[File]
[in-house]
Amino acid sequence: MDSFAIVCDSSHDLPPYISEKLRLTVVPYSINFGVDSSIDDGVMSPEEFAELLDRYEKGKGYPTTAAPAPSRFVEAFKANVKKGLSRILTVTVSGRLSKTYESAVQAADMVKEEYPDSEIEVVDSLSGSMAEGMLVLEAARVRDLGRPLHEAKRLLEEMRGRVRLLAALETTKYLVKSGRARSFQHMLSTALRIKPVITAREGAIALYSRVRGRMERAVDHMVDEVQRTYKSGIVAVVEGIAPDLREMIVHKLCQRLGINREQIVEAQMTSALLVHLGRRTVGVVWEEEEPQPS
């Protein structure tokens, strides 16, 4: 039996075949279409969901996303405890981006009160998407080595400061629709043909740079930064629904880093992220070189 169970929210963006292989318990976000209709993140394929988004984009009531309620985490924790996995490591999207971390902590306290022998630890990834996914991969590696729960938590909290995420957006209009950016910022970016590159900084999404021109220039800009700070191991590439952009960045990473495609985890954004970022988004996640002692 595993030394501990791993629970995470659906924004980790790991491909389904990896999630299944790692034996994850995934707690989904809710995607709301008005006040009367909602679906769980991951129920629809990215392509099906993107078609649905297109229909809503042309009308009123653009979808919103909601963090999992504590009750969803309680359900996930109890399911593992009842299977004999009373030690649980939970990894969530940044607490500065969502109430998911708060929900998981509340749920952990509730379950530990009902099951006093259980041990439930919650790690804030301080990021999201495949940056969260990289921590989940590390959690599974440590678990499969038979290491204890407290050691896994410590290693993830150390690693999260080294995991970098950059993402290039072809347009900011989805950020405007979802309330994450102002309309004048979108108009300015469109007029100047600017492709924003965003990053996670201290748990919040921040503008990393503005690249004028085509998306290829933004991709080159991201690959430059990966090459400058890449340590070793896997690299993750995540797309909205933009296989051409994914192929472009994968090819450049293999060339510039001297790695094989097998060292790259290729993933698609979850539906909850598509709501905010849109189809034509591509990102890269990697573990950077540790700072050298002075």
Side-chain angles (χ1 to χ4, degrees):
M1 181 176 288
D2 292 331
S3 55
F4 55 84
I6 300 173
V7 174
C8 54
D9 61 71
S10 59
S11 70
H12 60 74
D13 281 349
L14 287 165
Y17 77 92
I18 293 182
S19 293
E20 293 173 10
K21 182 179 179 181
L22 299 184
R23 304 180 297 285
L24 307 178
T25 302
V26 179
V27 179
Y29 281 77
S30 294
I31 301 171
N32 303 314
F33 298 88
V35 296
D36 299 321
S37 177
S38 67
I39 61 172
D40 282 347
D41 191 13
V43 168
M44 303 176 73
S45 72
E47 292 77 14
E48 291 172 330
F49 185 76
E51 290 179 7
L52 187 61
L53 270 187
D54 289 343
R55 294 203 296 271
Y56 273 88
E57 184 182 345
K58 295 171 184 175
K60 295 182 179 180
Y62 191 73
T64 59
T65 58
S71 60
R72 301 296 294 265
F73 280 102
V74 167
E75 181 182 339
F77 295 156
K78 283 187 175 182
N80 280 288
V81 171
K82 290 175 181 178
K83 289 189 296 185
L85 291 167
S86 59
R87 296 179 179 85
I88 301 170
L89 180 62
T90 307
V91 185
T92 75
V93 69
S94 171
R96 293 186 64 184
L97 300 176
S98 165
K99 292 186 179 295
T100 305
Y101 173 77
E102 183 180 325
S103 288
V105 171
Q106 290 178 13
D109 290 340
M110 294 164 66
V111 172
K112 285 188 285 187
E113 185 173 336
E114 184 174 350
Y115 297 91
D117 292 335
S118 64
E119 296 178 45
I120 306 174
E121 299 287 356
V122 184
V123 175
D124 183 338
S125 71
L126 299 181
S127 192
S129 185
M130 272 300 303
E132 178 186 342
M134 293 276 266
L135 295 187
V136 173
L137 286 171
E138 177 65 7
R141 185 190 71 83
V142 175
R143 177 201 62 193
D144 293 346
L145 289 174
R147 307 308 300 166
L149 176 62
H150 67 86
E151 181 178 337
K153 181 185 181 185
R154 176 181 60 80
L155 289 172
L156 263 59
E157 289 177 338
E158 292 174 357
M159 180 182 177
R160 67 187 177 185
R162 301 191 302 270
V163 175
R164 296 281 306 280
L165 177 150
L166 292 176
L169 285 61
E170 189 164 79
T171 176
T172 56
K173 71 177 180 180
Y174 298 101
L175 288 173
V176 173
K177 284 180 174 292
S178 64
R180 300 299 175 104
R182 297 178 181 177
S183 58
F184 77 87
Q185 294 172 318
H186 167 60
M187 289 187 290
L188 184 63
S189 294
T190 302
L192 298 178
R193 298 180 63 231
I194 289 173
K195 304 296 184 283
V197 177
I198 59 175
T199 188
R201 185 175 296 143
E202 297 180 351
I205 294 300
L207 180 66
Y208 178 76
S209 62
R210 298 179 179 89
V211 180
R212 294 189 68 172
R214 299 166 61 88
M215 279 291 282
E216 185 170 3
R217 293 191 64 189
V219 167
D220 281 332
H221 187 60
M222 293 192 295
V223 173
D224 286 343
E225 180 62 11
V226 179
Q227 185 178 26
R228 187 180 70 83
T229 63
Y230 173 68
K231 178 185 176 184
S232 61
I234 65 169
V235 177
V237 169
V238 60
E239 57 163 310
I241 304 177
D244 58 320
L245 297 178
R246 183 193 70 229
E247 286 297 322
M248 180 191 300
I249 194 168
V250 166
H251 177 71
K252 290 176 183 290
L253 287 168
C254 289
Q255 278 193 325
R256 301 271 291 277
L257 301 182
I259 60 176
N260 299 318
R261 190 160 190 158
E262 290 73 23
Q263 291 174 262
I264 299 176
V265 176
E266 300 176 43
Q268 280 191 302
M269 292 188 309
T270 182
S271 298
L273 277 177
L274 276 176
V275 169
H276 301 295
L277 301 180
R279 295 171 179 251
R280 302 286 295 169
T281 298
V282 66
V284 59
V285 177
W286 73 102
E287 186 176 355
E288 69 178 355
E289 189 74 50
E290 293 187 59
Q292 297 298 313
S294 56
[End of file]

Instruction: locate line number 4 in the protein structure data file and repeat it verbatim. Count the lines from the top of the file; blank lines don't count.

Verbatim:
Side-chain angles (χ1 to χ4, degrees):